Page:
Vincent Coppola, 37, of Union, the son of jailed Genovese capo Michael Coppola, was among 11 members and alleged associates of the crime family who were arrested in October on charges of running a number of illegal financial schemes, which also included elaborate loansharking and check-cashing operations.
Coppola, arrested a day after the others, did not attend a bail hearing with his co-defendants on Oct. 23 because the Morris County jail would not immediately accept him due to "medical conditions," Deputy Attorney General Vincent Militello said during the bail hearing.
Coppola, who sat in a wheelchair as he appeared in Superior Court in Morristown via closed-circuit television on Wednesday, spent six weeks at Morristown Medical Center for treatment of his undisclosed ailment before being transferred to the jail, Militello said.
At the time of the arrests, Acting Attorney General John Hoffman said Coppola ran the sports betting operation from an offshore "wire room" located in Costa Rica to process wagers. During 2011, Coppola allegedly handled more than $1.7 million in bets, bringing in more than $400,000 in profits to the Genovese family.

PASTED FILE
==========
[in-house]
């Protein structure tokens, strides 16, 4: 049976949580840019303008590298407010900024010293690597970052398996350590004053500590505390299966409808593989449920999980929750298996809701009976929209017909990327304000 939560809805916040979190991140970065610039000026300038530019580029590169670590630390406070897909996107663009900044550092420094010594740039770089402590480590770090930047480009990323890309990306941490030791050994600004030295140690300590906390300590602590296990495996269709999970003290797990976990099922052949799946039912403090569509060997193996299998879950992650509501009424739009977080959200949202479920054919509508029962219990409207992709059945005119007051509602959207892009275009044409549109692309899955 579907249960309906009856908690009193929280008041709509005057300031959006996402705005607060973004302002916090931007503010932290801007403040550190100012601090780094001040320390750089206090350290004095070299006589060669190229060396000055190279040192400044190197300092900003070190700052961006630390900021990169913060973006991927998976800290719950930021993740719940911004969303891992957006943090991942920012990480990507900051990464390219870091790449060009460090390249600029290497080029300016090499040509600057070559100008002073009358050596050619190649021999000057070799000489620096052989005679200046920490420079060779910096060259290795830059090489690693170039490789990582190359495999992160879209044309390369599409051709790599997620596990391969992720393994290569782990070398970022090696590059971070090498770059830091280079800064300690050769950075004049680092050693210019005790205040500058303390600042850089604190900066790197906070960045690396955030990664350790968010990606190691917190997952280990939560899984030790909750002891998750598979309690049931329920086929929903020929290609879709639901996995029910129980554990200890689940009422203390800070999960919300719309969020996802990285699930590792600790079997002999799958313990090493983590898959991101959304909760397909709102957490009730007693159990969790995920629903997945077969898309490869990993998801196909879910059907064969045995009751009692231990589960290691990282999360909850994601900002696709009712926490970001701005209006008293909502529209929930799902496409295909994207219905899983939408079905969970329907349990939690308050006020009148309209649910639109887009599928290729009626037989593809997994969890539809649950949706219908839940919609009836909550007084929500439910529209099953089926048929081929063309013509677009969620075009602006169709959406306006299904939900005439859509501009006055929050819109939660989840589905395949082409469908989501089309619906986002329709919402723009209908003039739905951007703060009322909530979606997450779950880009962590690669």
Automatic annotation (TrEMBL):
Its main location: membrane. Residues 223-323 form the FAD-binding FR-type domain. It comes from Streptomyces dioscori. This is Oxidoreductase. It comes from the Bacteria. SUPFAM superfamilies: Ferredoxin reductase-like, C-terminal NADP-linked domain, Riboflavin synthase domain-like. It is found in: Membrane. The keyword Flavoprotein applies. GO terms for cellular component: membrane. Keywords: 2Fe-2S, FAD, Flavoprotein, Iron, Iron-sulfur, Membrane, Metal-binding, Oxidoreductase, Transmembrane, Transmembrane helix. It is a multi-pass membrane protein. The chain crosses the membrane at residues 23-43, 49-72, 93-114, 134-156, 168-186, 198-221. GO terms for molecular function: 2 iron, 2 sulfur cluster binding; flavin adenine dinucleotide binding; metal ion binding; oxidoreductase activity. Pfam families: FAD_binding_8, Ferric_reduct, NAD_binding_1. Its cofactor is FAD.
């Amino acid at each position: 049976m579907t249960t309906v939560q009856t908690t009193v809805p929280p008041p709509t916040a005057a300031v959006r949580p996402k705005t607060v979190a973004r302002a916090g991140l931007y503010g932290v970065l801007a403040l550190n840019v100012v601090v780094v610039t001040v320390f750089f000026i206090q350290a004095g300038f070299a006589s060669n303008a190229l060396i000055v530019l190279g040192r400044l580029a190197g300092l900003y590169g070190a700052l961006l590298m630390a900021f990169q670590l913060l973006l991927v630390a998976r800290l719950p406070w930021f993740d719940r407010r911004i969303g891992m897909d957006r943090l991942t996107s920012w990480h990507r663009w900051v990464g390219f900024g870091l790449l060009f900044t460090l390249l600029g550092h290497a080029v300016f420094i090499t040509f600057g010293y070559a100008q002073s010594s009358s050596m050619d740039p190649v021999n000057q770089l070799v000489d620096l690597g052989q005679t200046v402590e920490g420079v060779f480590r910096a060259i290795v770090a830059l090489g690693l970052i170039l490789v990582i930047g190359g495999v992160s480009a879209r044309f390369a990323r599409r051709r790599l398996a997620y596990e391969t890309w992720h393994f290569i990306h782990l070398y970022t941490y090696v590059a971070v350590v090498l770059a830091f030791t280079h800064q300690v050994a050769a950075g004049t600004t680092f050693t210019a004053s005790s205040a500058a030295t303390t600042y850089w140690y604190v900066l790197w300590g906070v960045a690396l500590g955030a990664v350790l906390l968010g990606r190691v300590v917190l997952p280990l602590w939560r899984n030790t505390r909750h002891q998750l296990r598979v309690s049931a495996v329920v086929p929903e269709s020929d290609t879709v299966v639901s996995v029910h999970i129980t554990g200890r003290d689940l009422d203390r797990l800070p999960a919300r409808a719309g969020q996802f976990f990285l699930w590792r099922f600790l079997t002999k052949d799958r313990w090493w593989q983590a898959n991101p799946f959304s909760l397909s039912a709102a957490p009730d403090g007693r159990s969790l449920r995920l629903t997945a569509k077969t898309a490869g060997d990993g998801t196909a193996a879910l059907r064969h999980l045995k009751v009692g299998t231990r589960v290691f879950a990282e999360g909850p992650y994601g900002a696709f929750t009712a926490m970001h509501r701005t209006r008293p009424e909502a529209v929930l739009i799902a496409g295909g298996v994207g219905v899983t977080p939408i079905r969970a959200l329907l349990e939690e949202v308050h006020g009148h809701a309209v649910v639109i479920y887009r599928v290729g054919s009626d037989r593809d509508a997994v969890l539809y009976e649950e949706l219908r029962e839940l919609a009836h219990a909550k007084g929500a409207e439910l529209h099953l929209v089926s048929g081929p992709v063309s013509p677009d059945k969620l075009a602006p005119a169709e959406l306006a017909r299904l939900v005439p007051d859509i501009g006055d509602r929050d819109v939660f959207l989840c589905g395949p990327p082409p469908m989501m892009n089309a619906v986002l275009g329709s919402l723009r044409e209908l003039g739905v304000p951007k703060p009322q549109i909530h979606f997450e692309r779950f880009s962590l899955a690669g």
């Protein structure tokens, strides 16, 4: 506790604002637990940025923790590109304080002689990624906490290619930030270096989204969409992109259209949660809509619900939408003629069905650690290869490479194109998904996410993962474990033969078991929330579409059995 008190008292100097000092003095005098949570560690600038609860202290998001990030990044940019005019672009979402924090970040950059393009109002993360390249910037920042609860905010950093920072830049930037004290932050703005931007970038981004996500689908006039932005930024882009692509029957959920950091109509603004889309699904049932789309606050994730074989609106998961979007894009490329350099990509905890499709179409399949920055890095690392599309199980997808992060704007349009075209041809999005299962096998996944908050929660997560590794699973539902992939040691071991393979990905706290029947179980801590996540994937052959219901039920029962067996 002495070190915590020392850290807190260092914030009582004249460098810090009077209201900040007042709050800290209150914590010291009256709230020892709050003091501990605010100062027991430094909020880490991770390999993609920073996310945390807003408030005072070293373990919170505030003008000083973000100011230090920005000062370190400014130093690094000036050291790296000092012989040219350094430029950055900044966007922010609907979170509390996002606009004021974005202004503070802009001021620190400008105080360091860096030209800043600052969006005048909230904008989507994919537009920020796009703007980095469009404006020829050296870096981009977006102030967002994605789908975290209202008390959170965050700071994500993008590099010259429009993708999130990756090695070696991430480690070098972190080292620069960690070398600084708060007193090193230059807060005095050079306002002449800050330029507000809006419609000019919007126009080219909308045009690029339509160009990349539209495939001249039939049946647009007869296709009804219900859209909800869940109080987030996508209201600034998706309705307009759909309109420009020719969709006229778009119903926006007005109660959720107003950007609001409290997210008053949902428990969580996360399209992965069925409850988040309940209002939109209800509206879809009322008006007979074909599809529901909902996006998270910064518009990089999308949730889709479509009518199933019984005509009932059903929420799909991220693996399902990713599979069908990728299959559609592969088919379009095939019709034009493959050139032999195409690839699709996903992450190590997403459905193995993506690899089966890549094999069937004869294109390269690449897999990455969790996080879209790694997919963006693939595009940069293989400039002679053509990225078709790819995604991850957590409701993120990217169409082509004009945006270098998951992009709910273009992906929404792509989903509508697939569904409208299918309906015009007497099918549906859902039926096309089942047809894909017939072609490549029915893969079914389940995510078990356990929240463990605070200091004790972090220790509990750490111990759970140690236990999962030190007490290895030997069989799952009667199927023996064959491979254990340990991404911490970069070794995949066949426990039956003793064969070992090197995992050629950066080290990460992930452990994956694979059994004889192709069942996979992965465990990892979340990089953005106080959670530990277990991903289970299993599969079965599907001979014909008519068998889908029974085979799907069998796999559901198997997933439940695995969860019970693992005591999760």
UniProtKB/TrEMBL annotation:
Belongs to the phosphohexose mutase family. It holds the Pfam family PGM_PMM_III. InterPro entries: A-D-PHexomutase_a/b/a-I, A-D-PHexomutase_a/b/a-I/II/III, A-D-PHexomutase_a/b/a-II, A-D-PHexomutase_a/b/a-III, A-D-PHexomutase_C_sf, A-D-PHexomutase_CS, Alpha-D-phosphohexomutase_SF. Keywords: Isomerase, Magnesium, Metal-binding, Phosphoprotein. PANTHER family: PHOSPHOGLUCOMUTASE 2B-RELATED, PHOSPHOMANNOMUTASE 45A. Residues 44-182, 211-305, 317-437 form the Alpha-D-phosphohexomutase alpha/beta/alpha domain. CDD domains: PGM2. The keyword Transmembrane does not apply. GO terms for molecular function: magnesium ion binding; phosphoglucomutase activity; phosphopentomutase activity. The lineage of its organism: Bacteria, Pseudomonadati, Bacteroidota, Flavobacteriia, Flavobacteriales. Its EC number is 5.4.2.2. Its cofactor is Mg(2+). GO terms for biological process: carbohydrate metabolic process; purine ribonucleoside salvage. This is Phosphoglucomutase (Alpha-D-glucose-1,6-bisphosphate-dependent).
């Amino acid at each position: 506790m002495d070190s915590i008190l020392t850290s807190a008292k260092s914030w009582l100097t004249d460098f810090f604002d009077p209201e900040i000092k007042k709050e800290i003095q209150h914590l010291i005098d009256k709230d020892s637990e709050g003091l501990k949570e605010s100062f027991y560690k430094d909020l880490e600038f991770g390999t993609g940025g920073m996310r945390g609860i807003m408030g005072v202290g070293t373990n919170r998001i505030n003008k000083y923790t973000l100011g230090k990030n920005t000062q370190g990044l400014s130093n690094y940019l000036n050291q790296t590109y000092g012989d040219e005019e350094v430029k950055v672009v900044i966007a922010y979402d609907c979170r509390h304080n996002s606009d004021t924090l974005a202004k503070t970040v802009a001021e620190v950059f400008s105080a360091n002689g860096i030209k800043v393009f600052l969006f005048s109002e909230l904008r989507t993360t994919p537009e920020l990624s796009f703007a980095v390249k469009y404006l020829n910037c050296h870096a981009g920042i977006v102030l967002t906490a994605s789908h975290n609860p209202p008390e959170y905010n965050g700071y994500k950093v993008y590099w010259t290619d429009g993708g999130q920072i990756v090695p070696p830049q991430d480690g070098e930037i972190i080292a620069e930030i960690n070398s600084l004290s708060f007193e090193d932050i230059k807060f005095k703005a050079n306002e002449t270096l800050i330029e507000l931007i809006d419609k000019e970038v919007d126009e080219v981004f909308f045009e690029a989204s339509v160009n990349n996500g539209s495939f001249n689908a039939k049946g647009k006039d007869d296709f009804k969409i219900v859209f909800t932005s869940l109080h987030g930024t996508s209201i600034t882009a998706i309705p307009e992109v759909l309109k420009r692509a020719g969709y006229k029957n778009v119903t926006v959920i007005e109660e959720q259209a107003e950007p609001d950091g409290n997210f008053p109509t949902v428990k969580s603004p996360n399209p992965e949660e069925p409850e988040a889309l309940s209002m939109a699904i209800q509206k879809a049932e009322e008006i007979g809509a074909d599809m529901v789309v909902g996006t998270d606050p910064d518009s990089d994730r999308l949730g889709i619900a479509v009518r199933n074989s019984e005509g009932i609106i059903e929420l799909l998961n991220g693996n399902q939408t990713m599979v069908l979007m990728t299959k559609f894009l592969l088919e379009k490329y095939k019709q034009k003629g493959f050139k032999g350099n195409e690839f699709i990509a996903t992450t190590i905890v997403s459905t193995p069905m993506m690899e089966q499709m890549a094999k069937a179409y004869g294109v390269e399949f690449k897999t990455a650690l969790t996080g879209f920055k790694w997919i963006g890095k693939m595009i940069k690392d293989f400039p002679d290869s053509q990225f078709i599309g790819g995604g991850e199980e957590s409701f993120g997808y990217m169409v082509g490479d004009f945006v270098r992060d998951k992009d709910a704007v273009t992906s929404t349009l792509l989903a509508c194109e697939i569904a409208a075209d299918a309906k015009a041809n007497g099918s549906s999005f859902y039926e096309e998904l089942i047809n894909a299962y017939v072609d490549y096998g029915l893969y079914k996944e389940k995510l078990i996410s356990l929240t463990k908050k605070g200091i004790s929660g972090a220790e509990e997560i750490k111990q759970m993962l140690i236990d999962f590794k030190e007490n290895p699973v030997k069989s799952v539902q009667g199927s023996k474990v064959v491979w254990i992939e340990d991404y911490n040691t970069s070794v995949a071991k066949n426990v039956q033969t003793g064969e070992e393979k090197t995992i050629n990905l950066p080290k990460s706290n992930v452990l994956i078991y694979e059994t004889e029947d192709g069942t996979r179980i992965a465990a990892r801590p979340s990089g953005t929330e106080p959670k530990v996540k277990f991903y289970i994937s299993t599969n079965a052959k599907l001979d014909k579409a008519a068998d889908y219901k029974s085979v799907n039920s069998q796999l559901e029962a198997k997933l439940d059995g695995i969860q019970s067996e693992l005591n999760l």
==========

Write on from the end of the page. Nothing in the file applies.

But in court Wednesday, Coppola said, "I can't afford any attorney" and wants to be represented by a public defender.
"I have a 13-year-old autistic son, and he really needs my help," Coppola said.
Judge Robert Gilson reduced the bail to $300,000, but when he told Coppola he must pay the full amount with no 10 percent option, Coppola shook his head, indicating there's no way he can make that bail.
Militello said Coppola was arrested at a rest stop on the Garden State Parkway, where he was "involved in more criminal activity."
"He had newspaper articles related to the matter," Militello said. "He knew he was being charged, but he kept on with his criminal activity."